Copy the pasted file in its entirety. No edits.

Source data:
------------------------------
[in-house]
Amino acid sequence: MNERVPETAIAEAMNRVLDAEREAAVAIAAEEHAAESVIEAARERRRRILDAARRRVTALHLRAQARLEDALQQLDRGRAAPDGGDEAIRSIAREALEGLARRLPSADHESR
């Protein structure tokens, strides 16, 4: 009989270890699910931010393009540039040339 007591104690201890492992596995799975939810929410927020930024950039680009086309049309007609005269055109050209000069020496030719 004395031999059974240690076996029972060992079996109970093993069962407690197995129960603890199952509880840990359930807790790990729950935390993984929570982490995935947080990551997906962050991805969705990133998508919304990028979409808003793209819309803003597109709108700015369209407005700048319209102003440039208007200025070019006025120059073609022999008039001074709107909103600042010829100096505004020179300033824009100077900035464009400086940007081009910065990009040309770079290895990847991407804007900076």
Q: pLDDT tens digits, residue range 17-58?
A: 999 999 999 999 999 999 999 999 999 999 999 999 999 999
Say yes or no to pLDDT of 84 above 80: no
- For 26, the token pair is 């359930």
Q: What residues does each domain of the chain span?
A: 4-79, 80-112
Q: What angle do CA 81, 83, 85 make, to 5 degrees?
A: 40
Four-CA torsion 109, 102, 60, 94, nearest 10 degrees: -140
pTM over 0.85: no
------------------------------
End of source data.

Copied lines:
[in-house]
Amino acid sequence: MNERVPETAIAEAMNRVLDAEREAAVAIAAEEHAAESVIEAARERRRRILDAARRRVTALHLRAQARLEDALQQLDRGRAAPDGGDEAIRSIAREALEGLARRLPSADHESR
């Protein structure tokens, strides 16, 4: 009989270890699910931010393009540039040339 007591104690201890492992596995799975939810929410927020930024950039680009086309049309007609005269055109050209000069020496030719 004395031999059974240690076996029972060992079996109970093993069962407690197995129960603890199952509880840990359930807790790990729950935390993984929570982490995935947080990551997906962050991805969705990133998508919304990028979409808003793209819309803003597109709108700015369209407005700048319209102003440039208007200025070019006025120059073609022999008039001074709107909103600042010829100096505004020179300033824009100077900035464009400086940007081009910065990009040309770079290895990847991407804007900076």
Q: pLDDT tens digits, residue range 17-58?
A: 999 999 999 999 999 999 999 999 999 999 999 999 999 999
Say yes or no to pLDDT of 84 above 80: no
- For 26, the token pair is 């359930």
Q: What residues does each domain of the chain span?
A: 4-79, 80-112
Q: What angle do CA 81, 83, 85 make, to 5 degrees?
A: 40
Four-CA torsion 109, 102, 60, 94, nearest 10 degrees: -140
pTM over 0.85: no